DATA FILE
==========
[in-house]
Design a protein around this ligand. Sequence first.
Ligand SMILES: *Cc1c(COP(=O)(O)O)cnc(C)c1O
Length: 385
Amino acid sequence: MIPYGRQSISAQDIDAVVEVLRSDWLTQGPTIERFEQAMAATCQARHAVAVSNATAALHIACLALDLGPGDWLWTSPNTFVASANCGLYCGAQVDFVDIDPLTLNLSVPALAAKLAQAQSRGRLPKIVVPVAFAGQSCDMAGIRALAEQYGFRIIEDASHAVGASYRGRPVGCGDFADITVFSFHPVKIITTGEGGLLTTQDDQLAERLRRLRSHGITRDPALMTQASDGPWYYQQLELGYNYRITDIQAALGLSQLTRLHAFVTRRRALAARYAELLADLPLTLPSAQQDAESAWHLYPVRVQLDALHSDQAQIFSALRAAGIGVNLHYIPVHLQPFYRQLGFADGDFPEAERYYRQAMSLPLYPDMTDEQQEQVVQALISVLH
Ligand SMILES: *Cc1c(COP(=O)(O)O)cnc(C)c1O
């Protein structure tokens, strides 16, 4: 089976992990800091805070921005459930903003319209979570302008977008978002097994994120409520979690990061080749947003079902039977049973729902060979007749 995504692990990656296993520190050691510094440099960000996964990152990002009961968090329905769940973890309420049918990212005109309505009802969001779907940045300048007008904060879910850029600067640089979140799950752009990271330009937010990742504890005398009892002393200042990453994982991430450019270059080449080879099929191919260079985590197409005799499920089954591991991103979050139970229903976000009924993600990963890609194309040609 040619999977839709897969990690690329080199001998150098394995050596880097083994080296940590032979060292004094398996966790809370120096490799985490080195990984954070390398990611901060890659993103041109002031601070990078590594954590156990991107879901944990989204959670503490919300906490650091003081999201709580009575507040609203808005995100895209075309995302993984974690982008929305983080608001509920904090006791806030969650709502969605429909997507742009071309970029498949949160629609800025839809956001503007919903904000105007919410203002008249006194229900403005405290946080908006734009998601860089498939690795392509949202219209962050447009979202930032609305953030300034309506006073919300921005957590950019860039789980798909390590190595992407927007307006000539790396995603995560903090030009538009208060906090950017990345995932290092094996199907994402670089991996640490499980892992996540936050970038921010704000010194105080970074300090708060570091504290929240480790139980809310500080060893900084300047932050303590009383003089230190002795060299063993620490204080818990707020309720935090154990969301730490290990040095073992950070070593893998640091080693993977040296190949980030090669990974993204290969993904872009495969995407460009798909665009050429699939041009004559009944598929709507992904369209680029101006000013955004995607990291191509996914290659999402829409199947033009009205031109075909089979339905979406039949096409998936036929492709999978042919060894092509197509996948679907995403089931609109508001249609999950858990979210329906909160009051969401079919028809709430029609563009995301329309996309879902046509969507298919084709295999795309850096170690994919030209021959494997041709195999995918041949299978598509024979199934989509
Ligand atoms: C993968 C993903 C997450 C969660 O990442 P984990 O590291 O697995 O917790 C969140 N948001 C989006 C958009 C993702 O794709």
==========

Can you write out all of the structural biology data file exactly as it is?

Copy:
[in-house]
Design a protein around this ligand. Sequence first.
Ligand SMILES: *Cc1c(COP(=O)(O)O)cnc(C)c1O
Length: 385
Amino acid sequence: MIPYGRQSISAQDIDAVVEVLRSDWLTQGPTIERFEQAMAATCQARHAVAVSNATAALHIACLALDLGPGDWLWTSPNTFVASANCGLYCGAQVDFVDIDPLTLNLSVPALAAKLAQAQSRGRLPKIVVPVAFAGQSCDMAGIRALAEQYGFRIIEDASHAVGASYRGRPVGCGDFADITVFSFHPVKIITTGEGGLLTTQDDQLAERLRRLRSHGITRDPALMTQASDGPWYYQQLELGYNYRITDIQAALGLSQLTRLHAFVTRRRALAARYAELLADLPLTLPSAQQDAESAWHLYPVRVQLDALHSDQAQIFSALRAAGIGVNLHYIPVHLQPFYRQLGFADGDFPEAERYYRQAMSLPLYPDMTDEQQEQVVQALISVLH
Ligand SMILES: *Cc1c(COP(=O)(O)O)cnc(C)c1O
């Protein structure tokens, strides 16, 4: 089976992990800091805070921005459930903003319209979570302008977008978002097994994120409520979690990061080749947003079902039977049973729902060979007749 995504692990990656296993520190050691510094440099960000996964990152990002009961968090329905769940973890309420049918990212005109309505009802969001779907940045300048007008904060879910850029600067640089979140799950752009990271330009937010990742504890005398009892002393200042990453994982991430450019270059080449080879099929191919260079985590197409005799499920089954591991991103979050139970229903976000009924993600990963890609194309040609 040619999977839709897969990690690329080199001998150098394995050596880097083994080296940590032979060292004094398996966790809370120096490799985490080195990984954070390398990611901060890659993103041109002031601070990078590594954590156990991107879901944990989204959670503490919300906490650091003081999201709580009575507040609203808005995100895209075309995302993984974690982008929305983080608001509920904090006791806030969650709502969605429909997507742009071309970029498949949160629609800025839809956001503007919903904000105007919410203002008249006194229900403005405290946080908006734009998601860089498939690795392509949202219209962050447009979202930032609305953030300034309506006073919300921005957590950019860039789980798909390590190595992407927007307006000539790396995603995560903090030009538009208060906090950017990345995932290092094996199907994402670089991996640490499980892992996540936050970038921010704000010194105080970074300090708060570091504290929240480790139980809310500080060893900084300047932050303590009383003089230190002795060299063993620490204080818990707020309720935090154990969301730490290990040095073992950070070593893998640091080693993977040296190949980030090669990974993204290969993904872009495969995407460009798909665009050429699939041009004559009944598929709507992904369209680029101006000013955004995607990291191509996914290659999402829409199947033009009205031109075909089979339905979406039949096409998936036929492709999978042919060894092509197509996948679907995403089931609109508001249609999950858990979210329906909160009051969401079919028809709430029609563009995301329309996309879902046509969507298919084709295999795309850096170690994919030209021959494997041709195999995918041949299978598509024979199934989509
Ligand atoms: C993968 C993903 C997450 C969660 O990442 P984990 O590291 O697995 O917790 C969140 N948001 C989006 C958009 C993702 O794709």